The Past is Our Future; The Future is our Past exhibition created by the Broken Hill Regional Art Gallery’s 2021/22 artist in residence Nigel Helyer, is the work of more than a year of field research and engagement with Broken Hill.
Growing up in the UK and studying art in Liverpool, London and then the University of Technology, Sydney, he now lives in Jervis Bay on the NSW South Coast.
“I’m basically a sculptor, sound artist and I do a lot of work in public art projects,” he says.
“A lot of them, I collaborate with scientists and environmental situations, environmental data turning scientific knowledge into, kind of, cultural knowledge.
“I also write a lot and I do a lot of work for radio or sound pieces as well, quite a wide range, but usually connected to the natural and social environment,” Mr Helyer said.
Not new to Broken Hill he has been frequenting the area for about 20 years, bringing students of his out to sculpture camps around Menindee and surrounding areas.
Taken aback, on his first trip to Broken Hill, at the large city in the middle of the bush, the first thing that struck Mr Helyer was the naming of the streets with 32 named after minerals and chemicals.
One of the works in his exhibition is called Broken Hill Street Plan B, where he has renamed every street in the town off the periodic table.
“Basically, I think the city fathers lost the plot and should have named the entire place after the periodic table, so that’s what I’ve done in a tongue in cheek way,” he laughs.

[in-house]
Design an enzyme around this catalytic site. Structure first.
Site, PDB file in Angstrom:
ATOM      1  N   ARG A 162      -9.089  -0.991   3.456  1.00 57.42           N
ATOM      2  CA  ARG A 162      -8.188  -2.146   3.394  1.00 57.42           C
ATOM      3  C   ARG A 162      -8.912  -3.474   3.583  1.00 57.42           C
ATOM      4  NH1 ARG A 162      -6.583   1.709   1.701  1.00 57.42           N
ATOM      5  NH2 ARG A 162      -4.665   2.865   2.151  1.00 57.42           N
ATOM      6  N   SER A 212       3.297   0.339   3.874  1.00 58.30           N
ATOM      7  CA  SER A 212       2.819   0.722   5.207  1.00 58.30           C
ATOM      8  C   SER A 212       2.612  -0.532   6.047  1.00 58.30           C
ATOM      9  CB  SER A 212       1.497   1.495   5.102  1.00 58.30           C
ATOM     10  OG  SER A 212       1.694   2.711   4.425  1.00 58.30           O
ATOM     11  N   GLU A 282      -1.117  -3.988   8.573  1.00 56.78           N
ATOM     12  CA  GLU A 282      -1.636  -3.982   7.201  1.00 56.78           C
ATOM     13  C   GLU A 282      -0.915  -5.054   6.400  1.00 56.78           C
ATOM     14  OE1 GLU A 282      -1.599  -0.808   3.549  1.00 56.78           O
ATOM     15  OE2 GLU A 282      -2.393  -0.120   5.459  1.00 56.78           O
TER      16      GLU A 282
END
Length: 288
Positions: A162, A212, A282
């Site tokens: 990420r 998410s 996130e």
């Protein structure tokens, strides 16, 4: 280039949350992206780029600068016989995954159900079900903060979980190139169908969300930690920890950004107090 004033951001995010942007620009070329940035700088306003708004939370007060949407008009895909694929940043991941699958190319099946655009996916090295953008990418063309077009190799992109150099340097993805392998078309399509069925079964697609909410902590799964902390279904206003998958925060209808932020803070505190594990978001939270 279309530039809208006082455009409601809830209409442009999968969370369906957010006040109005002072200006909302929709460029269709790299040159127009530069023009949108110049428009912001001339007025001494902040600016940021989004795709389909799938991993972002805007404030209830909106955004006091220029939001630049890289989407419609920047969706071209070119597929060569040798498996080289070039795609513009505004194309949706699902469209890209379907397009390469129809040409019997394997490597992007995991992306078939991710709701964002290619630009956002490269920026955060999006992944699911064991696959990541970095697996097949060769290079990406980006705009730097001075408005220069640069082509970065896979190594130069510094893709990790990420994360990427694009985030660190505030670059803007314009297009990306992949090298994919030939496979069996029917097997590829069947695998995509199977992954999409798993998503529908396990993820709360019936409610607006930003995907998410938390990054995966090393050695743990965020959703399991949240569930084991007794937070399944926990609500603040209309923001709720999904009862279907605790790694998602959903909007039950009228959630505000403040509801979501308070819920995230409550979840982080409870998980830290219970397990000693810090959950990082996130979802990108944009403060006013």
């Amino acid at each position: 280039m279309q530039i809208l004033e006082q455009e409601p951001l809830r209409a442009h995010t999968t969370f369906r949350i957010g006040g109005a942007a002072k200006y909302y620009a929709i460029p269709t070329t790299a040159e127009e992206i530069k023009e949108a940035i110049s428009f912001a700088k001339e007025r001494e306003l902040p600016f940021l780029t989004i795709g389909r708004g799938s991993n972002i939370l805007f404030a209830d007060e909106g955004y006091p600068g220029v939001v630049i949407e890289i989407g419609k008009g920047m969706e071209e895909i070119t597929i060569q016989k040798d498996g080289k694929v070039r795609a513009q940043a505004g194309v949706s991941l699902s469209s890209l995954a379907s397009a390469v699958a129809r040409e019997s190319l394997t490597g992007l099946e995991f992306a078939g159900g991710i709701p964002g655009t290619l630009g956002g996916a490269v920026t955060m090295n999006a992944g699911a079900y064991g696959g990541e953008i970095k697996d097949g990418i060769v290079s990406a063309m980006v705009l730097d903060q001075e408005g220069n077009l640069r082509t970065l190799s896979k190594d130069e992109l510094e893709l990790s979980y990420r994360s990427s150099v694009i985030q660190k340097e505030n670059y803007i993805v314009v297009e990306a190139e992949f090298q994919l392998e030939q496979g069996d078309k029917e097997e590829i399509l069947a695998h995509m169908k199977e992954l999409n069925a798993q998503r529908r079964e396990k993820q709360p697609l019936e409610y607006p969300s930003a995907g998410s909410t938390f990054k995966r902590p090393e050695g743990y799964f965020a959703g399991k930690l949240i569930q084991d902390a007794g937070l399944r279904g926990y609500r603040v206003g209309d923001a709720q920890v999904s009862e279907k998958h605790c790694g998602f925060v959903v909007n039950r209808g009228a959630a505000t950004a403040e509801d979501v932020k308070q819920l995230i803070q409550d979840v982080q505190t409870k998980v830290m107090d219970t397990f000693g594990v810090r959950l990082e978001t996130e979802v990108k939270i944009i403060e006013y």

“I have also written a series of texts that are sort of landscape/dreamscape things which includes Einstein and other people.
“Talking about the transformation of what was once just remote bush into a city, one driven by fairly powerful industrial interests.
“So, as I say I am always interested in the environmental, but also the social and historical environment that goes with it.
“I think that sort of tension between the environment, the transformation of an environment and the processes of industrial capital are really very interesting as is the harshness and toil that went behind it to create that economy.
“Another issue I am also interested in the way the Australian economy is basically one of extraction, whether it’s mining, farming or fishing.
“They are all basically extracting industries, they have heavy impacts on the environment.
The project – and this exhibition – are multimodal, spanning installation, audio, sculpture, text, and digital outcomes.
The project is described as Helyer’s investigation in the emergence of history in the present and through deep engagement with community members, groups and sites – including working closely with the Barrier Industrial Union Band to revive traditional union scores.
The exhibition is on until November 20.